Marvel's Longest One-Page Story

By | Monday, November 25, 2019 2 comments
Over the weekend, Brad Meltzer posted a one-page story he has in Marvel #1000. I'll post it again here...
Marvel 1000 Spider-Man story by Brad Meltzer, Totino Tedesco and 
Chris Eliopoulos
It's a touching story about how many people Spider-Man has impacted and how many lives he's saved. It's really well-executed.

But it's not really a one-page story.

True, everything you need to know to understand the basic story is there. But kind of in the same way that the Classics Illustrated version of Wuthering Heights has everything you need to understand that story. You get the basic plot and structure, but just reading that leaves out a lot of details.

Read Meltzer's story again. (It's only one page, it shouldn't take long.) What are the elements that resonate with you? Most likely...
  1. Spider-Man is very casual about saving the woman's life.
  2. He acts like he's never had anyone ask for his name before when it's clearly an ongoing recurrence.
  3. He use each one of these incidents to honor his Uncle Ben.
Except... that last point is not what's in the story. Taking that story by itself, "Ben" could be taken as Spider-Man's real name. He's never identified as Peter. In fact, there's some potential confusion there in that his first caption box, he names himself "Parker" which could be either a first or last name. So, if his name is Parker, then he's clearly lying about being called Ben, but if that's the case (again within the context of this story) why would he tell people "Ben" repeatedly?

I don't really think this is a fault in the story. Meltzer wrote this primarily, if not exclusively, for a Marvel reading audience. The people reading this will recognize Spider-Man immediately and are fairly conversant with the character. They already know the "great power/great responsibility" line, and how Spider-Man learned that the hard way when his Uncle Ben was killed by a criminal that he could have stopped previously, but chose not to out of hubris. Meltzer's story very much leans into that. He knows who will read this and what level of character knowledge they're coming to the table with.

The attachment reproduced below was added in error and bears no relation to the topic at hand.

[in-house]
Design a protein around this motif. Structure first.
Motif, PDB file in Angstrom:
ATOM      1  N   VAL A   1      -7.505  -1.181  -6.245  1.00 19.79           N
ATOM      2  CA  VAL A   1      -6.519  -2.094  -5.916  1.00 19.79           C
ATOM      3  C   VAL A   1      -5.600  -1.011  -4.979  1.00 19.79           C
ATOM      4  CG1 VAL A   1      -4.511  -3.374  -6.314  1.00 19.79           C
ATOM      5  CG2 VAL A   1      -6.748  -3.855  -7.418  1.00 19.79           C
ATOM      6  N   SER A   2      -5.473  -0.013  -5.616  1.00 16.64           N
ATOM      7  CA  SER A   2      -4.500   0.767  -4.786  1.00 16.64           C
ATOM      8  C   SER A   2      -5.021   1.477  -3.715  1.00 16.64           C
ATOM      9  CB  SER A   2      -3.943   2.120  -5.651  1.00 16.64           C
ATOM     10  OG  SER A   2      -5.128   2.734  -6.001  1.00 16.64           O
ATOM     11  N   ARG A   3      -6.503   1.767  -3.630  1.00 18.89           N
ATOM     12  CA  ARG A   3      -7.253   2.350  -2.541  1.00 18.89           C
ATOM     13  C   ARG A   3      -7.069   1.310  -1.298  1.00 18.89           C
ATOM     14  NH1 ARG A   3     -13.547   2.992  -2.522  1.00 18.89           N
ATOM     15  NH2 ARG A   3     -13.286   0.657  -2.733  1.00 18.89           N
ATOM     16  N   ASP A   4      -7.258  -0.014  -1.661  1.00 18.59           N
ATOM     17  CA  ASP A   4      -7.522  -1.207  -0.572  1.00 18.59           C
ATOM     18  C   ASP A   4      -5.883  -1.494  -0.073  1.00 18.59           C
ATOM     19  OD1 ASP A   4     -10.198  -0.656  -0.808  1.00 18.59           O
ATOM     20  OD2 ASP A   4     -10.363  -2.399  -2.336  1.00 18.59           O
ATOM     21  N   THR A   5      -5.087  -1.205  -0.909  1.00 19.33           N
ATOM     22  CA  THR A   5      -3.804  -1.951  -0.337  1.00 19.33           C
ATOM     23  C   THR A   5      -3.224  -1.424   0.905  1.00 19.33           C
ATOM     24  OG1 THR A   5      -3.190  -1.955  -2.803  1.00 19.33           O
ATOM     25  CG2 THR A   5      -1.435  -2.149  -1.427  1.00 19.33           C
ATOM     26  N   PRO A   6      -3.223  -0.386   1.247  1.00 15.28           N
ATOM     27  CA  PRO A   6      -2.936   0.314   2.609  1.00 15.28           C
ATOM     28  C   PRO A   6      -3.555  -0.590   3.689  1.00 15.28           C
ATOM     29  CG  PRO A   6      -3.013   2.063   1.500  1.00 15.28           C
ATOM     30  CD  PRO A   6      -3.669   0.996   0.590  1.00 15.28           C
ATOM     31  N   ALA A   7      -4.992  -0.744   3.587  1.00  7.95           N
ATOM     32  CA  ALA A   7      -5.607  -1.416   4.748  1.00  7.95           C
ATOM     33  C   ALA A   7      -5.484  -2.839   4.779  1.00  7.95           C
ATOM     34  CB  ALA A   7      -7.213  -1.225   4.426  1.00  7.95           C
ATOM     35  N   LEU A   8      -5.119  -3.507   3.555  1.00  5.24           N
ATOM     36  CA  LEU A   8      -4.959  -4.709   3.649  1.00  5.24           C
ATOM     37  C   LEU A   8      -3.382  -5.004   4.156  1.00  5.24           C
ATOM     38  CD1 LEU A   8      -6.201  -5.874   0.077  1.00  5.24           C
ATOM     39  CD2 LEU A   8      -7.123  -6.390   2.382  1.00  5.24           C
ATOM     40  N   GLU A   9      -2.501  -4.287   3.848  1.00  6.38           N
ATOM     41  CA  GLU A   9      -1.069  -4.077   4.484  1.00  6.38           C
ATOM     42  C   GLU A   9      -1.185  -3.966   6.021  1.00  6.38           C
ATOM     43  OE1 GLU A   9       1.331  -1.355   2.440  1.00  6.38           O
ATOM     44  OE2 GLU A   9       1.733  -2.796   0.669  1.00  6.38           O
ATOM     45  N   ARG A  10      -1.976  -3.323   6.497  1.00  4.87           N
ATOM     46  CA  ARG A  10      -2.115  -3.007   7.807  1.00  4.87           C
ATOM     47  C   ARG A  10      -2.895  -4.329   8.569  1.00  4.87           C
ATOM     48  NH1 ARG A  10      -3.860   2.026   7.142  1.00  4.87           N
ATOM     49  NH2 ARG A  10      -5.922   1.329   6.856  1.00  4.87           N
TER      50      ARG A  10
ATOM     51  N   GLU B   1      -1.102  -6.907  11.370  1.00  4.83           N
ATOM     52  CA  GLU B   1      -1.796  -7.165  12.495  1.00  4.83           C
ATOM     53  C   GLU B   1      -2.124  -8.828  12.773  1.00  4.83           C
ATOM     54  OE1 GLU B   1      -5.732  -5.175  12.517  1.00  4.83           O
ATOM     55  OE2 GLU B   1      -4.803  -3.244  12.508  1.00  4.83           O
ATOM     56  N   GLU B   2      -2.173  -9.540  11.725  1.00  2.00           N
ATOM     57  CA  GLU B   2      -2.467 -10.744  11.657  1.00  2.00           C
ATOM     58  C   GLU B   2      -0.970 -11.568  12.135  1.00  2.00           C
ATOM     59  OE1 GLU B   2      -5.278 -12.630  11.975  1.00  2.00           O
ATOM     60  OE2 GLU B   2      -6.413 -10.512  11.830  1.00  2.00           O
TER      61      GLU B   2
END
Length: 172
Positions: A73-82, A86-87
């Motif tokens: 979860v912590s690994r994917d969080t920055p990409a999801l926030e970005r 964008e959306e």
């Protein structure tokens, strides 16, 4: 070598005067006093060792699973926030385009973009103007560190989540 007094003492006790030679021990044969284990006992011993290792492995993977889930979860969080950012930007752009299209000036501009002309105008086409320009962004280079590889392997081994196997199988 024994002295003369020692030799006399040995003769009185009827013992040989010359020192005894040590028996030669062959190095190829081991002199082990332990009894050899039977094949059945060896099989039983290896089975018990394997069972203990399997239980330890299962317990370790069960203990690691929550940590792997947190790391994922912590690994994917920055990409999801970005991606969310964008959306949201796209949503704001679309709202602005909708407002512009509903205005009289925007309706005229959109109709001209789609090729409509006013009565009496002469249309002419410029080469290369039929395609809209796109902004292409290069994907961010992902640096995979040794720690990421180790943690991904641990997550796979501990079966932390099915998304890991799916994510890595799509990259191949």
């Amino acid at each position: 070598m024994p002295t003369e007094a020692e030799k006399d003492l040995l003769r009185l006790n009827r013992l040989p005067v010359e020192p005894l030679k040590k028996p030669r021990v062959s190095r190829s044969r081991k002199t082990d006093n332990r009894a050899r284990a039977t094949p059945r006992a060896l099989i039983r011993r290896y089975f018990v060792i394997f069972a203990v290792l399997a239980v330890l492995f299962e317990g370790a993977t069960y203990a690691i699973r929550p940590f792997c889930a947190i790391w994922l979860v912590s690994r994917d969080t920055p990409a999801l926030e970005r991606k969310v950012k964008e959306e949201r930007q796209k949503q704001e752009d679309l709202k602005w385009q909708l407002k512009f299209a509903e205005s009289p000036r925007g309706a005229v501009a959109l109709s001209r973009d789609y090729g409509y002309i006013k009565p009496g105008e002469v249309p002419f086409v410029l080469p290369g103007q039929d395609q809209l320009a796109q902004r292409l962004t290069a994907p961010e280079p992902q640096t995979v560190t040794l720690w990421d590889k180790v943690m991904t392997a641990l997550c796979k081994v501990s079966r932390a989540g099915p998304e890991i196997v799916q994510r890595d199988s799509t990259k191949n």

The surface level emotional weight of this story is presented as Spider-Man's impact on people's lives, but the real emotional weight is the lasting impact Uncle Ben had on Spider-Man and how Spider-Man chooses to honor that. And that requires the reader to have read at least one version of Spider-Man's origin. Whether that's the original Lee/Ditko eleven pages in Amazing Fantasy #15 or one of the many, many retellings since then. To understand this story in its entirety, you need to have read something some other comics.

Is Meltzer's piece a one-page story? Technically yes, but not really.
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Britt Reid said...

As you point out, there are some things that are now part of pop culture.
Superman is Clark Kent, who was sent by his parents from the doomed planet Krypton, and uses his abilities to fight for Truth, Justice and the American Way!
Captain America is Steve Rogers, a scrawny 4-F who volunteered in World War II to be injected with an unproven serum which, luckily, made him superhuman!
Batman is millionaire Bruce Wayne, who became a crimefighter because his parents were killed right in front of him by a criminal when he was only a kid!
Spider-Man is Peter Parker, bitten by a radioactive spider, who failed to save his Uncle Ben when a criminal he let get away killed his elderly uncle, thus personalizing the concept of "With Great Power Comes Great Responsibility"!

Mikey said...

Technically Peter's not lying as his middle name is Benjamin. Like Franklin Richards his parents named him for his favourite uncle.

Personally I've always felt this upbeat and heartfelt one page finally redeemed Meltzer for what Identity Crisis did to Ralph and Sue Dibny.